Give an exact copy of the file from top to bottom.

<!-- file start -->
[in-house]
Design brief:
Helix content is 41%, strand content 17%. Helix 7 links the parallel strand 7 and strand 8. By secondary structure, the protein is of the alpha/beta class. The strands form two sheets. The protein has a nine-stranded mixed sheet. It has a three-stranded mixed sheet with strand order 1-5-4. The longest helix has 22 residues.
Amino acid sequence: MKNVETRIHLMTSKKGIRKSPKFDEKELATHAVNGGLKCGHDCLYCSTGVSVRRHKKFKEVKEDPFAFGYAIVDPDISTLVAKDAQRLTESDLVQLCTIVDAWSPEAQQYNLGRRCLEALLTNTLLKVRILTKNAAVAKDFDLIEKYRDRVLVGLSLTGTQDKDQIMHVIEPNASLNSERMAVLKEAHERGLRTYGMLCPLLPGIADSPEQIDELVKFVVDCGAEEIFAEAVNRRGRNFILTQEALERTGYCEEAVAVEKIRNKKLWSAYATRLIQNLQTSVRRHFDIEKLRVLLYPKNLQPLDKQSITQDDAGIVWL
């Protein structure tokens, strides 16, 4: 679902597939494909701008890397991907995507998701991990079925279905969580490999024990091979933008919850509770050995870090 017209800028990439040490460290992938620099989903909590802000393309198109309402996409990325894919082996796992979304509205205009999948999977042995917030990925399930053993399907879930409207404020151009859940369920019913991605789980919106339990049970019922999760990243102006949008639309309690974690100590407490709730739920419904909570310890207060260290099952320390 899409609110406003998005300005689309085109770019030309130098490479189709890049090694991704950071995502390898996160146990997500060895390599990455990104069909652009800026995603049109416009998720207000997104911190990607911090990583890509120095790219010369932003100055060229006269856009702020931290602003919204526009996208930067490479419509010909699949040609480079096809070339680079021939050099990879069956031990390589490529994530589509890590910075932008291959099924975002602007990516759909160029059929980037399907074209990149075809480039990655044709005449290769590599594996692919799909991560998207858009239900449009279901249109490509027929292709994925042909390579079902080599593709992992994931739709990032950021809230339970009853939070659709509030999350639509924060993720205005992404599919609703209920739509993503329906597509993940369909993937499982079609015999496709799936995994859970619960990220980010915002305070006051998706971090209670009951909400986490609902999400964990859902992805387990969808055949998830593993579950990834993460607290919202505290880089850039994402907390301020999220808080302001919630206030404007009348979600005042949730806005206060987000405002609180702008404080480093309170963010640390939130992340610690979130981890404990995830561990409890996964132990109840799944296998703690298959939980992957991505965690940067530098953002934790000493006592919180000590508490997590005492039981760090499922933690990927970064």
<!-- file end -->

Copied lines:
[in-house]
Design brief:
Helix content is 41%, strand content 17%. Helix 7 links the parallel strand 7 and strand 8. By secondary structure, the protein is of the alpha/beta class. The strands form two sheets. The protein has a nine-stranded mixed sheet. It has a three-stranded mixed sheet with strand order 1-5-4. The longest helix has 22 residues.
Amino acid sequence: MKNVETRIHLMTSKKGIRKSPKFDEKELATHAVNGGLKCGHDCLYCSTGVSVRRHKKFKEVKEDPFAFGYAIVDPDISTLVAKDAQRLTESDLVQLCTIVDAWSPEAQQYNLGRRCLEALLTNTLLKVRILTKNAAVAKDFDLIEKYRDRVLVGLSLTGTQDKDQIMHVIEPNASLNSERMAVLKEAHERGLRTYGMLCPLLPGIADSPEQIDELVKFVVDCGAEEIFAEAVNRRGRNFILTQEALERTGYCEEAVAVEKIRNKKLWSAYATRLIQNLQTSVRRHFDIEKLRVLLYPKNLQPLDKQSITQDDAGIVWL
């Protein structure tokens, strides 16, 4: 679902597939494909701008890397991907995507998701991990079925279905969580490999024990091979933008919850509770050995870090 017209800028990439040490460290992938620099989903909590802000393309198109309402996409990325894919082996796992979304509205205009999948999977042995917030990925399930053993399907879930409207404020151009859940369920019913991605789980919106339990049970019922999760990243102006949008639309309690974690100590407490709730739920419904909570310890207060260290099952320390 899409609110406003998005300005689309085109770019030309130098490479189709890049090694991704950071995502390898996160146990997500060895390599990455990104069909652009800026995603049109416009998720207000997104911190990607911090990583890509120095790219010369932003100055060229006269856009702020931290602003919204526009996208930067490479419509010909699949040609480079096809070339680079021939050099990879069956031990390589490529994530589509890590910075932008291959099924975002602007990516759909160029059929980037399907074209990149075809480039990655044709005449290769590599594996692919799909991560998207858009239900449009279901249109490509027929292709994925042909390579079902080599593709992992994931739709990032950021809230339970009853939070659709509030999350639509924060993720205005992404599919609703209920739509993503329906597509993940369909993937499982079609015999496709799936995994859970619960990220980010915002305070006051998706971090209670009951909400986490609902999400964990859902992805387990969808055949998830593993579950990834993460607290919202505290880089850039994402907390301020999220808080302001919630206030404007009348979600005042949730806005206060987000405002609180702008404080480093309170963010640390939130992340610690979130981890404990995830561990409890996964132990109840799944296998703690298959939980992957991505965690940067530098953002934790000493006592919180000590508490997590005492039981760090499922933690990927970064």